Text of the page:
Merrin Rafferty | EurekAlert!
Further information:
http://www.florey.edu.au
http://www.researchaustralia.com.au

More articles from Medical Engineering:

nachricht New quantum material could warn of neurological disease
11.04.2019 | Purdue University

nachricht High-strength MRI tracks MS progression
09.04.2019 | Radiological Society of North America

All articles from Medical Engineering >>>

The most recent press releases about innovation >>>

Die letzten 5 Focus-News des innovations-reports im Überblick:

Im Focus: Explosion on Jupiter-sized star 10 times more powerful than ever seen on our sun

A stellar flare 10 times more powerful than anything seen on our sun has burst from an ultracool star almost the same size as Jupiter

  • Coolest and smallest star to produce a superflare found
  • Star is a tenth of the radius of our Sun
  • Researchers led by University of Warwick could only see...

Im Focus: Quantum simulation more stable than expected

A localization phenomenon boosts the accuracy of solving quantum many-body problems with quantum computers which are otherwise challenging for conventional computers. This brings such digital quantum simulation within reach on quantum devices available today.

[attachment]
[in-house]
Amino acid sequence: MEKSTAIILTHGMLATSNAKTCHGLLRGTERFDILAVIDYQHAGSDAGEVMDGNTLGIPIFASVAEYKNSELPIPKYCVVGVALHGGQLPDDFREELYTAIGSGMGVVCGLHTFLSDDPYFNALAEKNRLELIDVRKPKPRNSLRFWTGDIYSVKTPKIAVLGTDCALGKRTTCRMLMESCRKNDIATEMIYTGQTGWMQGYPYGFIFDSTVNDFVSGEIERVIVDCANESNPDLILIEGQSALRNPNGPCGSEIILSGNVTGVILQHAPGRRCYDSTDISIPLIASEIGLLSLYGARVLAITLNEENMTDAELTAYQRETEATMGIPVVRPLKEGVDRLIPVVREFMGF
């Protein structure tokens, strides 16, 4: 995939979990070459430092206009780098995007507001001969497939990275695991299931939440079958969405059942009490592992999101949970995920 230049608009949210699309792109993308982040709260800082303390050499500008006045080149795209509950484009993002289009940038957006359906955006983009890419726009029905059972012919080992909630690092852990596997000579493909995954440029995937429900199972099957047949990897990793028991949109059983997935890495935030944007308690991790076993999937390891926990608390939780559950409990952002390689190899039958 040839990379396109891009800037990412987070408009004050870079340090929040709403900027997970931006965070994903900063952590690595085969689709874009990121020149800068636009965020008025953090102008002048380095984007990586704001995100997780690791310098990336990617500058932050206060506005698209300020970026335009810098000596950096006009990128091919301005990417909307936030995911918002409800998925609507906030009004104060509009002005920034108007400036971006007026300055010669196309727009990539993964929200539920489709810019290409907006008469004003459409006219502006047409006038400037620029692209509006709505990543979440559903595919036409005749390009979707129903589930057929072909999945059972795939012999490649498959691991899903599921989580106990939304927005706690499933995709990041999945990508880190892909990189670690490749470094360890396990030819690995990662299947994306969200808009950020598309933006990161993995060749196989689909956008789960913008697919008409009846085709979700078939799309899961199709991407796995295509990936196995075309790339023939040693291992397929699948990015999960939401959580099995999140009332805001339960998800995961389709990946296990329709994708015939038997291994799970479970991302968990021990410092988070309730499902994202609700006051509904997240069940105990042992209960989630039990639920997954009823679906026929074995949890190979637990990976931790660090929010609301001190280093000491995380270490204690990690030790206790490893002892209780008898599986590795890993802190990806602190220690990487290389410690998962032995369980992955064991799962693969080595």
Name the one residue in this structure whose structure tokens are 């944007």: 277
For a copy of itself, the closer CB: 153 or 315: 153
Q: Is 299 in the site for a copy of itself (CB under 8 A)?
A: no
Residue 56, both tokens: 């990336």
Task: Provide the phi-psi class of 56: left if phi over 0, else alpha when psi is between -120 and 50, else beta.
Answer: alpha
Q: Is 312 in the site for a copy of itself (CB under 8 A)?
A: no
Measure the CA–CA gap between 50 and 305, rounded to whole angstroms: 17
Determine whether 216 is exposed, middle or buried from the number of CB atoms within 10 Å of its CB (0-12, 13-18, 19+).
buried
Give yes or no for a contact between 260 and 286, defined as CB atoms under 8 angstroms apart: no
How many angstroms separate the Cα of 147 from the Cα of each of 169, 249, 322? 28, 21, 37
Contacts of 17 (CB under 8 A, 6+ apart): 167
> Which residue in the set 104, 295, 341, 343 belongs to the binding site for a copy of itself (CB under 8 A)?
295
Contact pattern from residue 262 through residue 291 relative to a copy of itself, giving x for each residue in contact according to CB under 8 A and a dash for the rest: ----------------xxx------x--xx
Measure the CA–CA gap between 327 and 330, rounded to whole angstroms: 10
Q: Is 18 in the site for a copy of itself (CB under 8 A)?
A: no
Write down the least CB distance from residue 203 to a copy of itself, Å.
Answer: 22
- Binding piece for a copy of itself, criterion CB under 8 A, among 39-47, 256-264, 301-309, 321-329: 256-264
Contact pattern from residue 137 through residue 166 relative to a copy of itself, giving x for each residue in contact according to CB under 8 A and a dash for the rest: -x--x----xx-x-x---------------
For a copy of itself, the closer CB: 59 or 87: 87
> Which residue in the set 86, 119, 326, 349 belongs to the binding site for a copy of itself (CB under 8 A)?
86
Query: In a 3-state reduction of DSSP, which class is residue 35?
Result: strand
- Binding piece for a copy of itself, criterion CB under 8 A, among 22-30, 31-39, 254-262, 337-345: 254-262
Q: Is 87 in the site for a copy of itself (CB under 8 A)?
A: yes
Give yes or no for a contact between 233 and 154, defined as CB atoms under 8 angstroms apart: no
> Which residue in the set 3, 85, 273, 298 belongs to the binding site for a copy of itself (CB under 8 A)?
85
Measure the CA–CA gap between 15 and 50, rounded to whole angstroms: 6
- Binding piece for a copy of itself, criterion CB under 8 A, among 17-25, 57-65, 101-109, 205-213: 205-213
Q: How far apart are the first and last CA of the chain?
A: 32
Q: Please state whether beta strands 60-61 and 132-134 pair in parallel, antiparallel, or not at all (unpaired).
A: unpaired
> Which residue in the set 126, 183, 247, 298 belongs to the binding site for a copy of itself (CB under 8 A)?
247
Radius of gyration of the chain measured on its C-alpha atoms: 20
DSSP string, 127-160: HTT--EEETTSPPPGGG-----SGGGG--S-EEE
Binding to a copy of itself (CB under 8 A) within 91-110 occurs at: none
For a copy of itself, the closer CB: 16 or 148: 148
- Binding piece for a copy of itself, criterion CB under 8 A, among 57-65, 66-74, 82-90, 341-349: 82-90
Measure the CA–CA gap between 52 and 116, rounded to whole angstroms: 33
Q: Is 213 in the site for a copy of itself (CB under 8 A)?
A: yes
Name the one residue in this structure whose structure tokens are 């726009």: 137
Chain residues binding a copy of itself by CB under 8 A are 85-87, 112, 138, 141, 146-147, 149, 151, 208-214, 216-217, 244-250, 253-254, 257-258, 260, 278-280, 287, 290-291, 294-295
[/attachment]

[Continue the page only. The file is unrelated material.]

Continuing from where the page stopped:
Quantum computers promise to solve certain computational problems exponentially faster than any classical machine. “A particularly promising application is the...

Im Focus: Largest, fastest array of microscopic 'traffic cops' for optical communications

The technology could revolutionize how information travels through data centers and artificial intelligence networks

Engineers at the University of California, Berkeley have built a new photonic switch that can control the direction of light passing through optical fibers...

Im Focus: A long-distance relationship in femtoseconds

Physicists observe how electron-hole pairs drift apart at ultrafast speed, but still remain strongly bound.

Modern electronics relies on ultrafast charge motion on ever shorter length scales. Physicists from Regensburg and Gothenburg have now succeeded in resolving a...

Im Focus: Researchers 3D print metamaterials with novel optical properties

Engineers create novel optical devices, including a moth eye-inspired omnidirectional microwave antenna

A team of engineers at Tufts University has developed a series of 3D printed metamaterials with unique microwave or optical properties that go beyond what is...

All Focus news of the innovation-report >>>

Anzeige

Anzeige

VideoLinks
Industry & Economy
Event News

Revered mathematicians and computer scientists converge with 200 young researchers in Heidelberg!

17.04.2019 | Event News

First dust conference in the Central Asian part of the earth’s dust belt

15.04.2019 | Event News

Fraunhofer FHR at the IEEE Radar Conference 2019 in Boston, USA

09.04.2019 | Event News

 
Latest News

New automated biological-sample analysis systems to accelerate disease detection

18.04.2019 | Life Sciences

Explosion on Jupiter-sized star 10 times more powerful than ever seen on our sun

18.04.2019 | Physics and Astronomy

New eDNA technology used to quickly assess coral reefs

18.04.2019 | Life Sciences

VideoLinks
Science & Research
Overview of more VideoLinks >>>